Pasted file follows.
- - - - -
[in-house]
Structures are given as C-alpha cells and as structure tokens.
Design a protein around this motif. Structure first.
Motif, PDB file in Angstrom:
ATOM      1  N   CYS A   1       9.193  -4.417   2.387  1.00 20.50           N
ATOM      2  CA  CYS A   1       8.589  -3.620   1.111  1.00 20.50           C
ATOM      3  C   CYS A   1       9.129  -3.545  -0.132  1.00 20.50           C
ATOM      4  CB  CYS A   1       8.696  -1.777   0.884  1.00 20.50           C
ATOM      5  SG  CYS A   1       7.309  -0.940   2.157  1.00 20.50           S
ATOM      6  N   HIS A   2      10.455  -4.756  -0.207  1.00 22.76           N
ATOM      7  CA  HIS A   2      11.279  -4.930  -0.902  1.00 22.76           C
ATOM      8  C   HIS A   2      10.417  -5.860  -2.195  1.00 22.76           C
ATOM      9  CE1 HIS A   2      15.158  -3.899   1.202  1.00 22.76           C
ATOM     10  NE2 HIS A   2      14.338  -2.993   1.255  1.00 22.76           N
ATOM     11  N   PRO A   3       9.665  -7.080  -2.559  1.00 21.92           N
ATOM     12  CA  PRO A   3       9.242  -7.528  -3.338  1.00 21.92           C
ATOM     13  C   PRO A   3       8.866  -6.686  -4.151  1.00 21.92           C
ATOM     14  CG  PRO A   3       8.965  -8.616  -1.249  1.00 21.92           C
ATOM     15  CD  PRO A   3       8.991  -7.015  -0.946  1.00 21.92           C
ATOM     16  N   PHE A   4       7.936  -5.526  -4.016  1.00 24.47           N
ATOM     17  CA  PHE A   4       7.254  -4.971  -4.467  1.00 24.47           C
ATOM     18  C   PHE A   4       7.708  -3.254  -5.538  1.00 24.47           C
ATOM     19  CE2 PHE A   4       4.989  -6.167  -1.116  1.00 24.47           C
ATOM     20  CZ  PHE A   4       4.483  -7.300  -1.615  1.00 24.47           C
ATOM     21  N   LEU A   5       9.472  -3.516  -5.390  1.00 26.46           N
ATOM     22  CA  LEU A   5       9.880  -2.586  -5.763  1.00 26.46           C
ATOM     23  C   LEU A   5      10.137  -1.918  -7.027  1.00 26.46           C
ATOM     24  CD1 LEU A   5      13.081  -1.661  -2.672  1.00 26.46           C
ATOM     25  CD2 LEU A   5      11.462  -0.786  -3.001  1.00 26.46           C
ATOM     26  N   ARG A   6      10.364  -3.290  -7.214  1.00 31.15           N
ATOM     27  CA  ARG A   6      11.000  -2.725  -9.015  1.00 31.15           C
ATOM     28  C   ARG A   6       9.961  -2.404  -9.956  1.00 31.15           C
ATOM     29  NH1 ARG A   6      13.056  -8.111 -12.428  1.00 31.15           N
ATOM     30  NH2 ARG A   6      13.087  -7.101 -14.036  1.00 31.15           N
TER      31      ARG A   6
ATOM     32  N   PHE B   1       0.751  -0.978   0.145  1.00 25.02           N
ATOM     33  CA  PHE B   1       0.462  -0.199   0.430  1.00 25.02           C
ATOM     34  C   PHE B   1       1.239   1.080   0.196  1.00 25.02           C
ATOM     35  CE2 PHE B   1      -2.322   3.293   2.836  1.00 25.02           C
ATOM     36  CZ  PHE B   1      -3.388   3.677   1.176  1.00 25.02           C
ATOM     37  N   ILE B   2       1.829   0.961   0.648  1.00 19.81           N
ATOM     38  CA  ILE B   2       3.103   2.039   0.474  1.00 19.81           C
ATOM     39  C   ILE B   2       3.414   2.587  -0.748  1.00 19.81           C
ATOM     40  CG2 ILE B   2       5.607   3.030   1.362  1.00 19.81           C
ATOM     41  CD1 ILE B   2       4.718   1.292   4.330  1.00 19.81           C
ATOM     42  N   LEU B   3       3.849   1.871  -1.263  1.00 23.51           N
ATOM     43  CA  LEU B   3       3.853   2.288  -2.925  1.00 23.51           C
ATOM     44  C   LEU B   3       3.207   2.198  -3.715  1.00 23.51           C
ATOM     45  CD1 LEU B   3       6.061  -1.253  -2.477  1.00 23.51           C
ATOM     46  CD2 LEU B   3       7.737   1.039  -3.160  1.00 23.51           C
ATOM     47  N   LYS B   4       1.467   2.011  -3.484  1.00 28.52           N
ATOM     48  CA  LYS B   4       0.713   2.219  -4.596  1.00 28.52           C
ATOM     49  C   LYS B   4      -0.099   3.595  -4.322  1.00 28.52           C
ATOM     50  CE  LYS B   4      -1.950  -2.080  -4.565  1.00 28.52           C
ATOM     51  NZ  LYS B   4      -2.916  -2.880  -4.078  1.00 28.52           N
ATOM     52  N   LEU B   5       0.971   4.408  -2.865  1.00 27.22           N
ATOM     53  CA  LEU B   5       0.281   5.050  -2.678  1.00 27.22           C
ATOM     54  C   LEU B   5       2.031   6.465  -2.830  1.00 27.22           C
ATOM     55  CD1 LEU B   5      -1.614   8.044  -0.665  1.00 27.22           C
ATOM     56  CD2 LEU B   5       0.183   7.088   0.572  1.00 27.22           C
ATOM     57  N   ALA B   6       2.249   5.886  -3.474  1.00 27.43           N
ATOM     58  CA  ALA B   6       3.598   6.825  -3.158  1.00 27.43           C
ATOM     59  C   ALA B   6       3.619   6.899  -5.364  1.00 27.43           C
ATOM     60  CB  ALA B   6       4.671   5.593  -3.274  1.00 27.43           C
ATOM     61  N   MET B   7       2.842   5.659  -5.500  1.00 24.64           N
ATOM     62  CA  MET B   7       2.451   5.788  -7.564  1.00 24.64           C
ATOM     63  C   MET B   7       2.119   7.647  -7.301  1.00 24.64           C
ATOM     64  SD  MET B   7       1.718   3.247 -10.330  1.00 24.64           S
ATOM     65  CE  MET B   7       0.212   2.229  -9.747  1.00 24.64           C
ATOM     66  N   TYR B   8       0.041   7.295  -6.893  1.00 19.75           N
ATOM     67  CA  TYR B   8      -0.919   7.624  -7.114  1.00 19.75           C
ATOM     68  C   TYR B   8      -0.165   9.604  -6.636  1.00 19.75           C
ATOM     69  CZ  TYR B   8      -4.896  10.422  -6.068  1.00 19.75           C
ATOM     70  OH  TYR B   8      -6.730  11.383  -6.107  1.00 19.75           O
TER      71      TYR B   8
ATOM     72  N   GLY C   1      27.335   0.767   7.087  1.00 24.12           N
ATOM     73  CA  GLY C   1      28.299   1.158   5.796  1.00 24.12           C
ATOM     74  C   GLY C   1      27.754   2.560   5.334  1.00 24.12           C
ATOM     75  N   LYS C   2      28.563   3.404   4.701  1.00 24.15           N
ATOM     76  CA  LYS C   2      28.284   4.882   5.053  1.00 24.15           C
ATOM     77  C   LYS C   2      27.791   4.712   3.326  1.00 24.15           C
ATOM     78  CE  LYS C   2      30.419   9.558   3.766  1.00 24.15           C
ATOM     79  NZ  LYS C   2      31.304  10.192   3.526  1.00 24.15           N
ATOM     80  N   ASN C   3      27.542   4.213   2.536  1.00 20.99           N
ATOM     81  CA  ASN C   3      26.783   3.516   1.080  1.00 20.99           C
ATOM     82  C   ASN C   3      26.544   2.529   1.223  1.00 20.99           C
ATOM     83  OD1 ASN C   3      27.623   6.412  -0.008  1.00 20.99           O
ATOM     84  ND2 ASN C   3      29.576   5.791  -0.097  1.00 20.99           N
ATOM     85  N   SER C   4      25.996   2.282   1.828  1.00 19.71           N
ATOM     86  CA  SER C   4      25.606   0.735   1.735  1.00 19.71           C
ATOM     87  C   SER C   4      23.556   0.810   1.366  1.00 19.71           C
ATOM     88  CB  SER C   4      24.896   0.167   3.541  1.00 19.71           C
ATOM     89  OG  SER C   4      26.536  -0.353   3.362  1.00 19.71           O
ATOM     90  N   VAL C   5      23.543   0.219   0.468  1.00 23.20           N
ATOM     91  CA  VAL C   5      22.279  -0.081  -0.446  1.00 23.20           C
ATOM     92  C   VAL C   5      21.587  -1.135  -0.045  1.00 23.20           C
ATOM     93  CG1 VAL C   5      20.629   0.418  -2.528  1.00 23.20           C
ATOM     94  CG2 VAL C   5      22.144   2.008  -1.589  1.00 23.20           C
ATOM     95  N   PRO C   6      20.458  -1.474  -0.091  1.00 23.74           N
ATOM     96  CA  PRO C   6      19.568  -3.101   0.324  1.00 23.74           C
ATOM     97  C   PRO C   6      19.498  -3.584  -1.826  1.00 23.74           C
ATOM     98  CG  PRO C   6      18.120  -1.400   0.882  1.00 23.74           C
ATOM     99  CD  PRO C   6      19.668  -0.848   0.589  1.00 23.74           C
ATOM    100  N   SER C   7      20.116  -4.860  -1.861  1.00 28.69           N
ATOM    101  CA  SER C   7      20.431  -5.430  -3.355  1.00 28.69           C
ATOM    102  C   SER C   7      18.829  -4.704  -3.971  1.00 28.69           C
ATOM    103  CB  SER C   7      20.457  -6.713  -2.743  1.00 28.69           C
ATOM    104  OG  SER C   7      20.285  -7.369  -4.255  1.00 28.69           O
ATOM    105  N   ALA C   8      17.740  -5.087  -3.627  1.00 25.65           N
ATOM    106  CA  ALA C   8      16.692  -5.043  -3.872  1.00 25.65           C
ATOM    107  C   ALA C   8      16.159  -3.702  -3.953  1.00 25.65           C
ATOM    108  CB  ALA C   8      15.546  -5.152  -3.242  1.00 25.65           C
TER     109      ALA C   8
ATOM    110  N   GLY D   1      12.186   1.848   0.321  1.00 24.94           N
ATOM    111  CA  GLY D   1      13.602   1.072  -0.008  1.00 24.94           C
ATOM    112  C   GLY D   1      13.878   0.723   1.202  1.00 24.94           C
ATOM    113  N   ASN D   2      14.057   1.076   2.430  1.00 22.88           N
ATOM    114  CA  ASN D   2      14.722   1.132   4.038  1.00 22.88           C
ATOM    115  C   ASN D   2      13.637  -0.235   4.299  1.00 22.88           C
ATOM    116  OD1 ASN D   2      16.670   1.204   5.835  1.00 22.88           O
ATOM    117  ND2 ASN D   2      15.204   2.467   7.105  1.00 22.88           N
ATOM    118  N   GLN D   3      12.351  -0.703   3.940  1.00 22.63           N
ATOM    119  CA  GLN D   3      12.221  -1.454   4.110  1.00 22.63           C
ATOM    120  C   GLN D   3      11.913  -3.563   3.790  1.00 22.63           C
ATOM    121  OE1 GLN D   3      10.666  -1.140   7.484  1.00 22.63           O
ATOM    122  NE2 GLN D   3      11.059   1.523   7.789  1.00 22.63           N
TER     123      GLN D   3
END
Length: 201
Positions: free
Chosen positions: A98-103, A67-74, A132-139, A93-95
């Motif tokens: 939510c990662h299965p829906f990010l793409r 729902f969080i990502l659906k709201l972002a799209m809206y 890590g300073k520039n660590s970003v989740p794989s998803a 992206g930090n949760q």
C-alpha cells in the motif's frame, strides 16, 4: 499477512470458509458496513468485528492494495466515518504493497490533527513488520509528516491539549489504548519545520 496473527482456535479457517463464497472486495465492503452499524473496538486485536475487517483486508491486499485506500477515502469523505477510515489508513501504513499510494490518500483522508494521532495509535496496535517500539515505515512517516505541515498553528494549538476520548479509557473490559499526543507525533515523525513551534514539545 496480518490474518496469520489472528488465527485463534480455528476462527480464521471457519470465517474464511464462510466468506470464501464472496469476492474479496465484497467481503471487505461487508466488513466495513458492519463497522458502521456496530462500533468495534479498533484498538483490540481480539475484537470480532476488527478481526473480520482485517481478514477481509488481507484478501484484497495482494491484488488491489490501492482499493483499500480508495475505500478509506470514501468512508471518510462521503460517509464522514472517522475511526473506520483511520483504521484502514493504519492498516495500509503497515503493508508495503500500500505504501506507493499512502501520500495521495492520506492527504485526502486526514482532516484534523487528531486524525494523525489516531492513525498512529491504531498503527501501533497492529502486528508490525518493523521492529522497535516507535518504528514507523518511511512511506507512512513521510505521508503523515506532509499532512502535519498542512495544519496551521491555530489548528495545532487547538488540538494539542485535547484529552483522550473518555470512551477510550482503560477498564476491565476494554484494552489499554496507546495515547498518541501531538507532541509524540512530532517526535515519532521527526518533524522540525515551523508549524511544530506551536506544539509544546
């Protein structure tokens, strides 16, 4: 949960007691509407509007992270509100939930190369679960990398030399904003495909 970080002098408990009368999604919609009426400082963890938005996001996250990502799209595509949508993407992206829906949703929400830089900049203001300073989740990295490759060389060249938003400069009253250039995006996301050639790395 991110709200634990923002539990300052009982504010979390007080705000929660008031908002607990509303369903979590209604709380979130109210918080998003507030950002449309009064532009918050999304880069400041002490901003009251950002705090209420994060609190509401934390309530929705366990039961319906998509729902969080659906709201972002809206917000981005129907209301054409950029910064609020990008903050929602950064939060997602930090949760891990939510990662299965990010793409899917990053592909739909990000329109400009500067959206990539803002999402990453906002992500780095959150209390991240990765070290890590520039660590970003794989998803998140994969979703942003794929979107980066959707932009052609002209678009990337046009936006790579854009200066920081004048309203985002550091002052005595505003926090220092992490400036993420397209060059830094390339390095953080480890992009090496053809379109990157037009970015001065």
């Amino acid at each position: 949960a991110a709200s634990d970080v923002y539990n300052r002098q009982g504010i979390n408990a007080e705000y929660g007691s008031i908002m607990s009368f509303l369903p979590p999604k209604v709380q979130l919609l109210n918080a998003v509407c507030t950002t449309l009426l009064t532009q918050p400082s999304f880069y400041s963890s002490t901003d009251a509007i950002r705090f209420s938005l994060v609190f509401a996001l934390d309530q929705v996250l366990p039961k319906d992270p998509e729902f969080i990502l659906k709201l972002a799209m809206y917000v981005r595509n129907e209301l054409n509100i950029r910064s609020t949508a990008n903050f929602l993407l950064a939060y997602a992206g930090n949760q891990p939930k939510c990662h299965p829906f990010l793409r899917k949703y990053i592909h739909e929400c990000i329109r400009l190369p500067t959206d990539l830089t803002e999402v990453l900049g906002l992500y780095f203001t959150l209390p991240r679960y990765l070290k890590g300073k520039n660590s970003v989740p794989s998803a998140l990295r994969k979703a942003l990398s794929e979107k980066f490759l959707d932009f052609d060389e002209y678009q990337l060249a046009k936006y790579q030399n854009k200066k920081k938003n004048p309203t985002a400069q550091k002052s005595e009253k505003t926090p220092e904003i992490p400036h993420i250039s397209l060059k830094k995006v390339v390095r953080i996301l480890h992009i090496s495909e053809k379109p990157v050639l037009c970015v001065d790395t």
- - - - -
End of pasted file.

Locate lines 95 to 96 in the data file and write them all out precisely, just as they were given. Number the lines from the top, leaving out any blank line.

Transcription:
ATOM     91  CA  VAL C   5      22.279  -0.081  -0.446  1.00 23.20           C
ATOM     92  C   VAL C   5      21.587  -1.135  -0.045  1.00 23.20           C